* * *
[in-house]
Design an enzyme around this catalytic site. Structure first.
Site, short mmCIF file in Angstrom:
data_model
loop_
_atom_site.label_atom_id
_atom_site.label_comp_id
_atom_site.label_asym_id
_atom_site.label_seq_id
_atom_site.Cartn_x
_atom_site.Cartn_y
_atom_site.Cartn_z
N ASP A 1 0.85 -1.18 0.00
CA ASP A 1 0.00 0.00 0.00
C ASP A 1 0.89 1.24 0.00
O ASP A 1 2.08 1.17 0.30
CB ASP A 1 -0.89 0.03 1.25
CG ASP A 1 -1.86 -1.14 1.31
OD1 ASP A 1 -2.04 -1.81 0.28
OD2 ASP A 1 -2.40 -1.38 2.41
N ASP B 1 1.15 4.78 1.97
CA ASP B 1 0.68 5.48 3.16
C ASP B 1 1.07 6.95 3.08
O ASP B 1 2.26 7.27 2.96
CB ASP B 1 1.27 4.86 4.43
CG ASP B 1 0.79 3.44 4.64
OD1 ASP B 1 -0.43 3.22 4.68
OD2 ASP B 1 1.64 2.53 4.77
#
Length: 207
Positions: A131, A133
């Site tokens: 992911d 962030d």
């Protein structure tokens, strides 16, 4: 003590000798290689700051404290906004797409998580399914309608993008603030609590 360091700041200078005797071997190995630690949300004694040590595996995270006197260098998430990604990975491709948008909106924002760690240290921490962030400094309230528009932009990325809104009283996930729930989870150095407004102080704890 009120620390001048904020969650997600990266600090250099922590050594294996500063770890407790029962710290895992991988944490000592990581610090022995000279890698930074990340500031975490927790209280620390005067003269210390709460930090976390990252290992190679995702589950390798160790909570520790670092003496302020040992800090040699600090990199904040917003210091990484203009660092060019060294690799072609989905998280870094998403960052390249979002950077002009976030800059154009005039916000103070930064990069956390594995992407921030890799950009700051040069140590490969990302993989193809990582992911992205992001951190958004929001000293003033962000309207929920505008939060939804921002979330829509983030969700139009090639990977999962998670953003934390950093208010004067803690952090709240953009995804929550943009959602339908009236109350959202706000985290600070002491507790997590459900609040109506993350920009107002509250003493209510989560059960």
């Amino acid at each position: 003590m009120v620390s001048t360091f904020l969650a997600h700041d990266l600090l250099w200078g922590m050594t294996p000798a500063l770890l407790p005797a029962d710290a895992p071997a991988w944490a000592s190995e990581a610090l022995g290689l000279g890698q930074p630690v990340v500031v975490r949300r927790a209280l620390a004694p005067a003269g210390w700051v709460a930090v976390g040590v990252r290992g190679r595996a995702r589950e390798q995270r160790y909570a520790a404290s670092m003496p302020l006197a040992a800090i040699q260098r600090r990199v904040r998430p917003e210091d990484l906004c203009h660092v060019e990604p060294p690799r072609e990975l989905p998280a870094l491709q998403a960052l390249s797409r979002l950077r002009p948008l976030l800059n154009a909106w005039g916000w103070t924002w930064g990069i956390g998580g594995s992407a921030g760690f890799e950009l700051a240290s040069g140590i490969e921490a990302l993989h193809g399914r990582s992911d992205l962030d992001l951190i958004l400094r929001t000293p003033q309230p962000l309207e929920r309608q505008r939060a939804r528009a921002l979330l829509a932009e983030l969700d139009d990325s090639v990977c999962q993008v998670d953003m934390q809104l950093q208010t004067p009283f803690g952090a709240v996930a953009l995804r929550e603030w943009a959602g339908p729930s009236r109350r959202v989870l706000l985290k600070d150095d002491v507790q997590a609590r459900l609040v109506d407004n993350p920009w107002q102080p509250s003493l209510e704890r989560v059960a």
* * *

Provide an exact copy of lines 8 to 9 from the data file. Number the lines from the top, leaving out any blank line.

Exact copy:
_atom_site.label_asym_id
_atom_site.label_seq_id